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In 1787 the Royal Navy ship HMS Bounty, captained by William Bligh, set sail for Tahiti in search of breadfruit plants. Soon after leaving Tahiti, Master’s Mate Fletcher Christian led a successful revolt, setting Bligh and eighteen of his men adrift. In his journal, Boatswain’s Mate James Morrison recounts the Bounty’s voyage, placing considerable blame for the mutiny on Bligh’s irascible personality and style of command.
This event, however, only introduces Morrison’s remarkable journey through the South Seas. A born storyteller, Morrison pens compelling tales of the time after the mutiny, beginning with ringleader Fletcher Christian’s two ill-fated attempts to establish a refuge on the island of Tubuai. Morrison then recounts his eighteen-month sojourn on Tahiti, where he constructed a seaworthy schooner and closely observed the island and its way of life. He tells of the subsequent arrival of HMS Pandora, which was charged with bringing the mutineers back to England for trial, and his imprisonment in the horrific “Pandora’s Box.” Morrison once again faces peril when the Pandora sinks on Australia’s Great Barrier Reef, where thirty-one of the crew and four prisoners perished.
Although Morrison did not actively participate in the Bounty insurrection, he had remained with Fletcher Christian’s party, which was enough evidence for his eventual condemnation. While imprisoned, Morrison began composing his journal. King George III granted a pardon, and soon after his release, Morrison wrote the second half of the journal, which he filled with detailed descriptions of Tahitian life, culture, and natural history. Morrison’s journal is an invaluable resource for naval and cultural historians and an enthralling tale for the general reader.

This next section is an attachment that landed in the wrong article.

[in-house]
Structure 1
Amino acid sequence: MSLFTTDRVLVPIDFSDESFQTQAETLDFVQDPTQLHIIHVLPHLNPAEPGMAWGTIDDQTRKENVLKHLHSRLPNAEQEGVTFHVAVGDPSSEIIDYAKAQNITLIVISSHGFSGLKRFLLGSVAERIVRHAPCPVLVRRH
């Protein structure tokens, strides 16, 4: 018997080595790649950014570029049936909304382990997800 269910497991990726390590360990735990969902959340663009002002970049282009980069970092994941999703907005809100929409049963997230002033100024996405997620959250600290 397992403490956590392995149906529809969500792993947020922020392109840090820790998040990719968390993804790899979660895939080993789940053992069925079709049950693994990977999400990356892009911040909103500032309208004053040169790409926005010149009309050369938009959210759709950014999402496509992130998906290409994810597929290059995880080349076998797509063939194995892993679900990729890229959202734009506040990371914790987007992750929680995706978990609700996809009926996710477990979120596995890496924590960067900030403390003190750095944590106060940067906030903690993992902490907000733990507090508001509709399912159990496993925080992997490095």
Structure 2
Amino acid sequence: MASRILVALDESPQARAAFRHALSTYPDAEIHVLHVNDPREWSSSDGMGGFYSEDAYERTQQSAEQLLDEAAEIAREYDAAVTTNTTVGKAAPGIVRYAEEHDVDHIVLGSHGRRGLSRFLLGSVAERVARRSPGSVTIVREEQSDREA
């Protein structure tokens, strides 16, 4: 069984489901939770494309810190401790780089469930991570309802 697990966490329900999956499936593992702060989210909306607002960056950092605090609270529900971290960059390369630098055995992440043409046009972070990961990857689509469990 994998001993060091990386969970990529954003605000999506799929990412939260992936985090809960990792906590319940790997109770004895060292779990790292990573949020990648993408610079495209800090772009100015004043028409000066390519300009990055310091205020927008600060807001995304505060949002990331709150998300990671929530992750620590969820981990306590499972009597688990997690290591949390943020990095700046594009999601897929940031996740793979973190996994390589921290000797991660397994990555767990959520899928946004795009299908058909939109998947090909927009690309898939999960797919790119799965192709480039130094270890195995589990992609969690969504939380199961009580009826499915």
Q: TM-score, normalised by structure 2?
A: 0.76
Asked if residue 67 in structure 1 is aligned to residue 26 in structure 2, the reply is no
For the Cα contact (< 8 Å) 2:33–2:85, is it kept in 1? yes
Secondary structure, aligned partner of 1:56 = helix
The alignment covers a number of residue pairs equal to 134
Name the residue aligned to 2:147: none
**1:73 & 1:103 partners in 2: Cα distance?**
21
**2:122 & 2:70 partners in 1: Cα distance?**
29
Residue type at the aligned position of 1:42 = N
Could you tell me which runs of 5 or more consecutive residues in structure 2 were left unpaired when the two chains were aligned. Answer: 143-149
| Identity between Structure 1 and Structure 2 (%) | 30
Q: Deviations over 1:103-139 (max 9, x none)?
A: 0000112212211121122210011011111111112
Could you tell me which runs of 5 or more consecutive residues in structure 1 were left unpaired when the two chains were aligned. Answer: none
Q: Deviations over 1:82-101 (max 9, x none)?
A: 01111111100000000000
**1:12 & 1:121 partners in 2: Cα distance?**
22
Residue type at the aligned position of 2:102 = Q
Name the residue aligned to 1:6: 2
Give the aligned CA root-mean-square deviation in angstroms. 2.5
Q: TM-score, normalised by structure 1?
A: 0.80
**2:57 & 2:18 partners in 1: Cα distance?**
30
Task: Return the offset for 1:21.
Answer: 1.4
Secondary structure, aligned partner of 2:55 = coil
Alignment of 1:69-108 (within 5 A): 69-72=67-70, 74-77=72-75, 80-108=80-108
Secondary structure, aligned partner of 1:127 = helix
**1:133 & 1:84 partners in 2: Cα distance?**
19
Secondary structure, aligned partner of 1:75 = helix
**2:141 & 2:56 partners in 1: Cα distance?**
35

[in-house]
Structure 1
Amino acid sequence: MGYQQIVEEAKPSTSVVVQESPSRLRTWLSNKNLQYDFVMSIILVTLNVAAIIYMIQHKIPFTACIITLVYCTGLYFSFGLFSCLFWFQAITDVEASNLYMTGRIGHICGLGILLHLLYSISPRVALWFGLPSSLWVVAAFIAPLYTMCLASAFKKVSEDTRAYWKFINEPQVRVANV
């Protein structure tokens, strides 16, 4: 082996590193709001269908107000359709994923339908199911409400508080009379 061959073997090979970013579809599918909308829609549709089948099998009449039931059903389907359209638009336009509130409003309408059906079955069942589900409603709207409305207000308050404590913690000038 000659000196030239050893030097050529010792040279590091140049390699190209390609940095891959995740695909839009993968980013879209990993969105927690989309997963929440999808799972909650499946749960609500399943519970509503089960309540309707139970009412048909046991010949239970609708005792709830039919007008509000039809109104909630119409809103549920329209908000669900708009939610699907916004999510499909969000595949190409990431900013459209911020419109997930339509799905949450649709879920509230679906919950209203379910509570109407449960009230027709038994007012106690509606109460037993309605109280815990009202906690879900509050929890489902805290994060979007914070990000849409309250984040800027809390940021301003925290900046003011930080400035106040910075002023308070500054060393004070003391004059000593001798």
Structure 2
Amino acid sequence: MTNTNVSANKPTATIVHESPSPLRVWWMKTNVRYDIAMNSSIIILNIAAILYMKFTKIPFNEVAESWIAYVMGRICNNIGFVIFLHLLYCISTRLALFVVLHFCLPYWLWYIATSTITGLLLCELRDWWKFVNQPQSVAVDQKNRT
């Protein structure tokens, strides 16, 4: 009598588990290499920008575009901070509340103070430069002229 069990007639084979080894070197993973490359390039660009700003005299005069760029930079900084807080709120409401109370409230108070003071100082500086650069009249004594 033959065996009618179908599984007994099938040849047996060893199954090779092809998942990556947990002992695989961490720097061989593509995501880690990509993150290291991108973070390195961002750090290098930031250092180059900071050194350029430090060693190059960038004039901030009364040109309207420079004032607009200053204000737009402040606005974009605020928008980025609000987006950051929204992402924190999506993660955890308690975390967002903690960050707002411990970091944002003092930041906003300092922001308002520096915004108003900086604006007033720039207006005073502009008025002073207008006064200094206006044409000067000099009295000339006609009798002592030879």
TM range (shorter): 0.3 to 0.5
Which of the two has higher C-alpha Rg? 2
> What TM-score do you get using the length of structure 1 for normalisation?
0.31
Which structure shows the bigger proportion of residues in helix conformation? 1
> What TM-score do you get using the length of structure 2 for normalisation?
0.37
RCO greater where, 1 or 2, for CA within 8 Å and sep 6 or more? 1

About the Author
Donald A. Maxton worked in the field of corporate communications and public affairs for thirty-five years. He is the author of The Mutiny on H.M.S. Bounty: A Guide to Nonfiction, Fiction, Poetry, Films, Articles, and Music and Chasing the Bounty: The Voyages of Pandora and Matavy. He lives in New York City.
“For anyone interested in the Bounty saga, this volume is a most worthwhile addition to the extant nonfiction reading currently available.”—Sea History
“[This book] can be expected to add richly and pervasively to general knowledge of that historically and historiographically conspicuous incident.”—Mariner’s Mirror
“Editor Maxton . . . has done an excellent job in preparing Morrison’s works for publication, and supplemented them with a valuable commentary, which makes After the Bounty a good read for anyone interested in life at sea in the age of sail or the history and culture of the South Seas.”—strategypage.com
“It’s a curiously, entertaining and instructive for age-of-fighting-sail or Herman Melville enthusiasts.”—Naval Review
“[Morrison’s] stories of adventure after the Bounty mutiny makes for a powerful historical journal packed with nautical adventure and perfect for any nautical history library.”—Midwest Book Review